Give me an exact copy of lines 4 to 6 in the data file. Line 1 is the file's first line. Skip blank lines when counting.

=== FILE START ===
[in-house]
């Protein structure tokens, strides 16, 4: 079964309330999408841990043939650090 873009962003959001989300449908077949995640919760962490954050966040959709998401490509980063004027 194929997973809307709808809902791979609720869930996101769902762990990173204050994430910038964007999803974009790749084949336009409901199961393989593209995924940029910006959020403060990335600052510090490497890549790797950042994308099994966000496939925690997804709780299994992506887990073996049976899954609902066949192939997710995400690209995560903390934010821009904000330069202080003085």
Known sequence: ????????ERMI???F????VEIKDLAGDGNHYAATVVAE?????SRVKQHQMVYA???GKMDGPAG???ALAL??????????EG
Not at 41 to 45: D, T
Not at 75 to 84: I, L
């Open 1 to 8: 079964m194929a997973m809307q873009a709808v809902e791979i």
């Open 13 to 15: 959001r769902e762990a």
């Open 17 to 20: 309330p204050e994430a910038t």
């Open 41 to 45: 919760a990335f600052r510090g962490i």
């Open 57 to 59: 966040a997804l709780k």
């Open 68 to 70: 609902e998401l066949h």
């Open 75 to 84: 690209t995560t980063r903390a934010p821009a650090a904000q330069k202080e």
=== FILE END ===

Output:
Not at 41 to 45: D, T
Not at 75 to 84: I, L
């Open 1 to 8: 079964m194929a997973m809307q873009a709808v809902e791979i």